One evening not long ago I went to the rent guidelines board meeting at Cooper Union and watched the excitement as they froze one-year rents for the first time ever. Everyone cheered and it felt hopeful even though every person in that great hall knows that for people who don’t own their apartments, any illusion of certainty about keeping a home for life in this city is over.
I remember when Michael Bloomberg forced his run for a third term as mayor on the people of New York and the way he managed to win. He spent a huge sum of money on his campaign, a lot of it going to pay for the big pictures of himself that showed up in every mailbox in the city almost every day for weeks. What he bought with that was hopelessness, which gave him his narrow victory. Bombarded with his face every day, people thought there was no hope. So many didn’t vote. Bloomberg outsmarted them, although the truth is that every person who couldn’t be bothered to vote against his third term, pricey apathy notwithstanding, shares the blame.
Bloomberg is a multibillionaire. One day during his campaign I did some arithmetic and found that his fortune could pay my rent for one million, five hundred thousand years. For some perspective I googled “five hundred thousand years ago” and up came a little news item about an old tool discovered by an archeologist, believed to be the earliest known man-made tool in what is now Western Europe, fashioned 500,000 years ago. Which meant that Mike Bloomberg could have paid my rent since the old tool was made by some Neanderthal ancestor after having already paid my rent for a million years prior to that. I remember going outside that day and encountering a young girl campaigning for the mayor in the rain on Seventh Avenue. I told her what I had just discovered, but the implications of it were completely lost on her. “Why should Mayor Bloomberg have to pay your rent?” the girl asked, and I laughed. “Oh, he shouldn’t,” I told her, and she looked relieved. I asked her if she was planning to vote for him and she dutifully said she would—if she could, that is. She was Canadian, and she didn’t live in New York. It was just a part time job.
When the sun started going down yesterday I took a walk over towards New Jersey. I looked into the Chelsea Square Diner on 9th Avenue. The light was pretty, and I thought how glad I am that it’s still here. A lot of old ladies and old men like it, and if luck allows me to end up an old lady here and if the diner isn’t gone, I’ll eventually be one of them myself. I stopped to talk to a bunch of bored-looking dogs parked outside the deli on 23rd Street in front of the London Terrace, and then I walked over to the river. I looked at the old pilings sticking out of the water and wondered about the men who put them there, the pile drivers. They’d be long dead, and I wondered what they would think if they could see how things look now. I walked as far as 30th Street where a lot of old industry used to be, and where huge new towers are about to go up, and as it got dark I started back home again.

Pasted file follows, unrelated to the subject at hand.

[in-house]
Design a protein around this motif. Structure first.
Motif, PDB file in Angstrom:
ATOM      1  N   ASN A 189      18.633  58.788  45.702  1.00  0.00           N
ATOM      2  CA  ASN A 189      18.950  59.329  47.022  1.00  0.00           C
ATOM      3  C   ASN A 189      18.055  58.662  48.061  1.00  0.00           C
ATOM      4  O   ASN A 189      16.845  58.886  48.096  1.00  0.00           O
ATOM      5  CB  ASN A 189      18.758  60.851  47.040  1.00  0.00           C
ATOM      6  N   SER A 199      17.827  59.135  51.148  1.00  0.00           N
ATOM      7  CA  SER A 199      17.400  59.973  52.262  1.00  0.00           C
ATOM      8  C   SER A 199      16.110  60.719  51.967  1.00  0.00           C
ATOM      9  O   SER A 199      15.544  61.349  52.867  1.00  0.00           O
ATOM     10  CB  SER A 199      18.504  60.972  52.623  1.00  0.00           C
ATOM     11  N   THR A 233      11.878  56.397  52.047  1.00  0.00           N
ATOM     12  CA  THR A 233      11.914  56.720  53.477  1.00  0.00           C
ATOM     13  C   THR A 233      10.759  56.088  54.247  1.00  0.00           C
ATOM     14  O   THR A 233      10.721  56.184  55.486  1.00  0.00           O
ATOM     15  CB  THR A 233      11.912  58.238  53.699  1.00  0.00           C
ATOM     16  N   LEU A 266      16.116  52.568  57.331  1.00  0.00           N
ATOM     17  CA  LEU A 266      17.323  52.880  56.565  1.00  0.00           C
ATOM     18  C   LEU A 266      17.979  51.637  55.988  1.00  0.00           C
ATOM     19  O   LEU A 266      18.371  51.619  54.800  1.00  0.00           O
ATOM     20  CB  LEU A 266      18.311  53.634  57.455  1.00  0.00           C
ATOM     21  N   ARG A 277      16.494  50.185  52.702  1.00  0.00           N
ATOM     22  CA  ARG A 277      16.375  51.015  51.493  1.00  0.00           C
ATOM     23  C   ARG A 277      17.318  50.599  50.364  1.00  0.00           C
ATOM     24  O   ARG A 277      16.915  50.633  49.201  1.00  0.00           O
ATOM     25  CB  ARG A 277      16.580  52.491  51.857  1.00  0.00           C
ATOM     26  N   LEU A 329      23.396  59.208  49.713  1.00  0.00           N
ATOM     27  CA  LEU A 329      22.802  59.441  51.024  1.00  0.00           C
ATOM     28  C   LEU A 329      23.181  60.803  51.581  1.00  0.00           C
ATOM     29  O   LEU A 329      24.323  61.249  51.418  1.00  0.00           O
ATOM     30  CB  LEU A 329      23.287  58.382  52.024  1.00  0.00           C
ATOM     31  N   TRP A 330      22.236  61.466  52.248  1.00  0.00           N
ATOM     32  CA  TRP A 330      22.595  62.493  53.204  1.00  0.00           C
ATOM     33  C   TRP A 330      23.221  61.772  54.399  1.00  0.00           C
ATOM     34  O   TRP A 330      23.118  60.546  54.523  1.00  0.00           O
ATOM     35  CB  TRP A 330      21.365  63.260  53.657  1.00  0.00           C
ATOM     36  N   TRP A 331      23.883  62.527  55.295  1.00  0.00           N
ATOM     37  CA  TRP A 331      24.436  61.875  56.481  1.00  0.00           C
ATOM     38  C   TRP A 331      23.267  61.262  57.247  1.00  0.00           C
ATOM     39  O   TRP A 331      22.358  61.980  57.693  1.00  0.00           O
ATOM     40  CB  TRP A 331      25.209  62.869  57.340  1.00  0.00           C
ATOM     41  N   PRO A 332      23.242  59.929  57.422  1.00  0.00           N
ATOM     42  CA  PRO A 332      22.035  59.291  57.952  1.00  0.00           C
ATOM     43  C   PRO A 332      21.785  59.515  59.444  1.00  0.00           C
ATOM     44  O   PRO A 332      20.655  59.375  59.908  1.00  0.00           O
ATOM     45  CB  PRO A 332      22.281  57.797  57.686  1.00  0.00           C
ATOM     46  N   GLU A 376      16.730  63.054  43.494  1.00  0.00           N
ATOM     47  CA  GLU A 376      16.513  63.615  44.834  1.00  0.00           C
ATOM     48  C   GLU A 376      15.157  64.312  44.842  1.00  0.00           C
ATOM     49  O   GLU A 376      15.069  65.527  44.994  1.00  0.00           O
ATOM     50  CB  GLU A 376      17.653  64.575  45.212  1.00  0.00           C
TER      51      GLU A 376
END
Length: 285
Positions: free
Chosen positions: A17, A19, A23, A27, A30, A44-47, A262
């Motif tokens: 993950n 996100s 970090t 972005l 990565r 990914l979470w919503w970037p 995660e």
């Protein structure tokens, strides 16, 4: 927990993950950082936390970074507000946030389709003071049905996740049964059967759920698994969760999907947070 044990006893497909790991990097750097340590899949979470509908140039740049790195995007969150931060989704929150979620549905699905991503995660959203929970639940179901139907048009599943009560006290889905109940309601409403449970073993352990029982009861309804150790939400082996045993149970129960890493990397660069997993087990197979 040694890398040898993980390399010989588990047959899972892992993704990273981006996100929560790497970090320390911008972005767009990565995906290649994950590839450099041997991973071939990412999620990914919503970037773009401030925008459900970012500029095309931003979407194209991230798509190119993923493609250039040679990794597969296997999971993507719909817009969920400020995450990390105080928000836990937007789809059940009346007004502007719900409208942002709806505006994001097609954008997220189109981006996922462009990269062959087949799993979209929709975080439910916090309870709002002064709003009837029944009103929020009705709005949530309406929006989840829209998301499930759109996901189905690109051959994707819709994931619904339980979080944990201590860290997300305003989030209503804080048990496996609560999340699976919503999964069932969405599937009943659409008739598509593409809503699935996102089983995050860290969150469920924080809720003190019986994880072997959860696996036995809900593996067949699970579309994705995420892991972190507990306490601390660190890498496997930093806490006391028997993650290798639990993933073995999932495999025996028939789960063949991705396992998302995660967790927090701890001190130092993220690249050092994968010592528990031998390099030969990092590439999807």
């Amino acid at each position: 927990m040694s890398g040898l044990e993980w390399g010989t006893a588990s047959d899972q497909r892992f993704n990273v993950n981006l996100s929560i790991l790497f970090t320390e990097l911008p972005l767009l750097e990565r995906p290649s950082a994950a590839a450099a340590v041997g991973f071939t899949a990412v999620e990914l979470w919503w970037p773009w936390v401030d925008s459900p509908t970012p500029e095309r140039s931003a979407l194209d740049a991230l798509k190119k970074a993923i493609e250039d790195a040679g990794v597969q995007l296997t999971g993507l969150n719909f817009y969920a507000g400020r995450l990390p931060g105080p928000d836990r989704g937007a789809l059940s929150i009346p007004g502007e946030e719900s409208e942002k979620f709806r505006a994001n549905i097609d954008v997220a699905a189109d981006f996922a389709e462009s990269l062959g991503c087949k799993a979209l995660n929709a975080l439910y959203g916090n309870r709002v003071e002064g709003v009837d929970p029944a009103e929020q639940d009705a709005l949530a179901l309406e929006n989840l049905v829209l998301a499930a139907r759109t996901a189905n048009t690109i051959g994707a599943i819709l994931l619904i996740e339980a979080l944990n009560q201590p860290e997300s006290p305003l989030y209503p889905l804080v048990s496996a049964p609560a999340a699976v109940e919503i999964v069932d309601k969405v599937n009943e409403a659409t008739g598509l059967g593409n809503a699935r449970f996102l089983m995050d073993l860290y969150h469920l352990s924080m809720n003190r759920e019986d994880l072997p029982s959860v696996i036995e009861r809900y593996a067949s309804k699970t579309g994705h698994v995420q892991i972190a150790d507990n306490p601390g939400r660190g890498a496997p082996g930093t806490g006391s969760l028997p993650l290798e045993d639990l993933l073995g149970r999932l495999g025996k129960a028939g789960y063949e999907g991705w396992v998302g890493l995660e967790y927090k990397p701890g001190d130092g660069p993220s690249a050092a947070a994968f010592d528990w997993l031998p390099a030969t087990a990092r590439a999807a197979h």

On 29th Street I watched mice darting around piles of trash put out at the edge of the sidewalk, and through the window of a basement apartment I saw a man who looked to be in his sixties cooking his dinner in a room crowded with books. I saw his old sofa and a cat planted on it, and through the window next to that one I saw, in the little light spilling from his living room, his dim and untidy bedroom. I could see a suit jacket hanging on a peg, and on a shelf, the outline of a very old teddy bear.
On 7th Avenue I saw a man who had nodded out in the middle of rolling a cigarette sitting in an office chair against a lamppost. I saw a trash-picker that I see every so often, going fast from trash bin to trash bin like a bee, and I heard a lady say to another lady: “I got me some plans and I told him so. I said, ‘I got me some plans and they don’t include your ass!’” When I reached the grocery store on 8th Avenue I went in to buy some ice cream. My favorite checker was at her register, an older lady I like very much who wears a bejeweled key around her neck, so I waited on her line. While she rang me up she told me that her old mother has a longhaired Chihuahua who is mean to everyone and urinates on her things whenever he gets a chance. She told me that when she was a kid her mother worked for a Yugoslavian family who had given her their dog, and that dog she had loved more than anything in the world. But the Chihuahua was a different story. I walked home wondering how old the checker’s mother must be since the checker herself isn’t young. I found one of my neighbors standing at the corner waiting for the light to change and we wondered together how long it will be before we have cooking gas again. It’s been almost two months with no gas but finding out what’s going on is an elusive thing. “Does your hotplate have one burner or two?” he wanted to know, and when I told him one, he said that’s what he got too. “I think everybody in the building bought a hotplate,” he said. “I saw the boxes they came in piled up by the trash and I put two and two together.”
|I'm glad the Chelsea Square is still here.|
July 7, 2015
Copyright Romy Ashby